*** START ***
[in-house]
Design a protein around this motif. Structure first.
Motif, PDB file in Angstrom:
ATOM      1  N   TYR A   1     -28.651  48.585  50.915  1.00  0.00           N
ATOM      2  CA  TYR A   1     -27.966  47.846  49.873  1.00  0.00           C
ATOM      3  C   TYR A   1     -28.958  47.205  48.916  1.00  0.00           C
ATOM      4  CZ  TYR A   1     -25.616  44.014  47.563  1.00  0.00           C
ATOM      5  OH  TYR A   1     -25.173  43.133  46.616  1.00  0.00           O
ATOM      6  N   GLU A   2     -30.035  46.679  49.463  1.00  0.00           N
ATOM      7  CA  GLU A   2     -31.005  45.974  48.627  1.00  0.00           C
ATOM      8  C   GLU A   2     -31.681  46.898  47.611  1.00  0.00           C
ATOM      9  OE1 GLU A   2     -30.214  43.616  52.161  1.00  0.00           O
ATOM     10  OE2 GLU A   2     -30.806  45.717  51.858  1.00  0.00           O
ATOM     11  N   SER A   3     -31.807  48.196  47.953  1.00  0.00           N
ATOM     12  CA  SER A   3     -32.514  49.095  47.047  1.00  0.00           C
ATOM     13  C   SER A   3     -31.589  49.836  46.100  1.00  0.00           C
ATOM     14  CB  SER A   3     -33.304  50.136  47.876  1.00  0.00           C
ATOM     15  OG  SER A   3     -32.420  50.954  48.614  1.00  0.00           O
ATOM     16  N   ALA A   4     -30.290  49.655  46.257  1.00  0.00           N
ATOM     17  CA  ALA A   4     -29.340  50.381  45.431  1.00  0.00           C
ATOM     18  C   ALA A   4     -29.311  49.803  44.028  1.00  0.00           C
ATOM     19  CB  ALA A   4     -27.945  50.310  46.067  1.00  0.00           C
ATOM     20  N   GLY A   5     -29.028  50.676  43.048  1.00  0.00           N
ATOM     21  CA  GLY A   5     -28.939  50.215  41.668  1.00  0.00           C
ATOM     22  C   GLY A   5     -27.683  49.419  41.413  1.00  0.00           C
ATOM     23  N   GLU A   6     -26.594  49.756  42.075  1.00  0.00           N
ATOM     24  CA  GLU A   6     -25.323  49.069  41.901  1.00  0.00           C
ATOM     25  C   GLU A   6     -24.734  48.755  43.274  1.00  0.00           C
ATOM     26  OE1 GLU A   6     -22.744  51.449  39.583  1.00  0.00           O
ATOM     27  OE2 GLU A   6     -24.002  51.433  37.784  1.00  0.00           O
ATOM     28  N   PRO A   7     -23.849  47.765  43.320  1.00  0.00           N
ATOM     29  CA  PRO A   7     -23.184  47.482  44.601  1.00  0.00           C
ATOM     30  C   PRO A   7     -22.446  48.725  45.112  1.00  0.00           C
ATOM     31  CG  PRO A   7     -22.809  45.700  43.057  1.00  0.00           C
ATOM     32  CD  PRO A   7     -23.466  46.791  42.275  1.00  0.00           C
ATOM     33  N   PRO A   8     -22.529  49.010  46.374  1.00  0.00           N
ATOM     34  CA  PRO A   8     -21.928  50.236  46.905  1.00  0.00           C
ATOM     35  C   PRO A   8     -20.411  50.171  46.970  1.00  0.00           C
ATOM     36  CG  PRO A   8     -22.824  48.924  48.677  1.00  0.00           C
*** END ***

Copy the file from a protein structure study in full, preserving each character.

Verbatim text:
[in-house]
Design a protein around this motif. Structure first.
Motif, PDB file in Angstrom:
ATOM      1  N   TYR A   1     -28.651  48.585  50.915  1.00  0.00           N
ATOM      2  CA  TYR A   1     -27.966  47.846  49.873  1.00  0.00           C
ATOM      3  C   TYR A   1     -28.958  47.205  48.916  1.00  0.00           C
ATOM      4  CZ  TYR A   1     -25.616  44.014  47.563  1.00  0.00           C
ATOM      5  OH  TYR A   1     -25.173  43.133  46.616  1.00  0.00           O
ATOM      6  N   GLU A   2     -30.035  46.679  49.463  1.00  0.00           N
ATOM      7  CA  GLU A   2     -31.005  45.974  48.627  1.00  0.00           C
ATOM      8  C   GLU A   2     -31.681  46.898  47.611  1.00  0.00           C
ATOM      9  OE1 GLU A   2     -30.214  43.616  52.161  1.00  0.00           O
ATOM     10  OE2 GLU A   2     -30.806  45.717  51.858  1.00  0.00           O
ATOM     11  N   SER A   3     -31.807  48.196  47.953  1.00  0.00           N
ATOM     12  CA  SER A   3     -32.514  49.095  47.047  1.00  0.00           C
ATOM     13  C   SER A   3     -31.589  49.836  46.100  1.00  0.00           C
ATOM     14  CB  SER A   3     -33.304  50.136  47.876  1.00  0.00           C
ATOM     15  OG  SER A   3     -32.420  50.954  48.614  1.00  0.00           O
ATOM     16  N   ALA A   4     -30.290  49.655  46.257  1.00  0.00           N
ATOM     17  CA  ALA A   4     -29.340  50.381  45.431  1.00  0.00           C
ATOM     18  C   ALA A   4     -29.311  49.803  44.028  1.00  0.00           C
ATOM     19  CB  ALA A   4     -27.945  50.310  46.067  1.00  0.00           C
ATOM     20  N   GLY A   5     -29.028  50.676  43.048  1.00  0.00           N
ATOM     21  CA  GLY A   5     -28.939  50.215  41.668  1.00  0.00           C
ATOM     22  C   GLY A   5     -27.683  49.419  41.413  1.00  0.00           C
ATOM     23  N   GLU A   6     -26.594  49.756  42.075  1.00  0.00           N
ATOM     24  CA  GLU A   6     -25.323  49.069  41.901  1.00  0.00           C
ATOM     25  C   GLU A   6     -24.734  48.755  43.274  1.00  0.00           C
ATOM     26  OE1 GLU A   6     -22.744  51.449  39.583  1.00  0.00           O
ATOM     27  OE2 GLU A   6     -24.002  51.433  37.784  1.00  0.00           O
ATOM     28  N   PRO A   7     -23.849  47.765  43.320  1.00  0.00           N
ATOM     29  CA  PRO A   7     -23.184  47.482  44.601  1.00  0.00           C
ATOM     30  C   PRO A   7     -22.446  48.725  45.112  1.00  0.00           C
ATOM     31  CG  PRO A   7     -22.809  45.700  43.057  1.00  0.00           C
ATOM     32  CD  PRO A   7     -23.466  46.791  42.275  1.00  0.00           C
ATOM     33  N   PRO A   8     -22.529  49.010  46.374  1.00  0.00           N
ATOM     34  CA  PRO A   8     -21.928  50.236  46.905  1.00  0.00           C
ATOM     35  C   PRO A   8     -20.411  50.171  46.970  1.00  0.00           C
ATOM     36  CG  PRO A   8     -22.824  48.924  48.677  1.00  0.00           C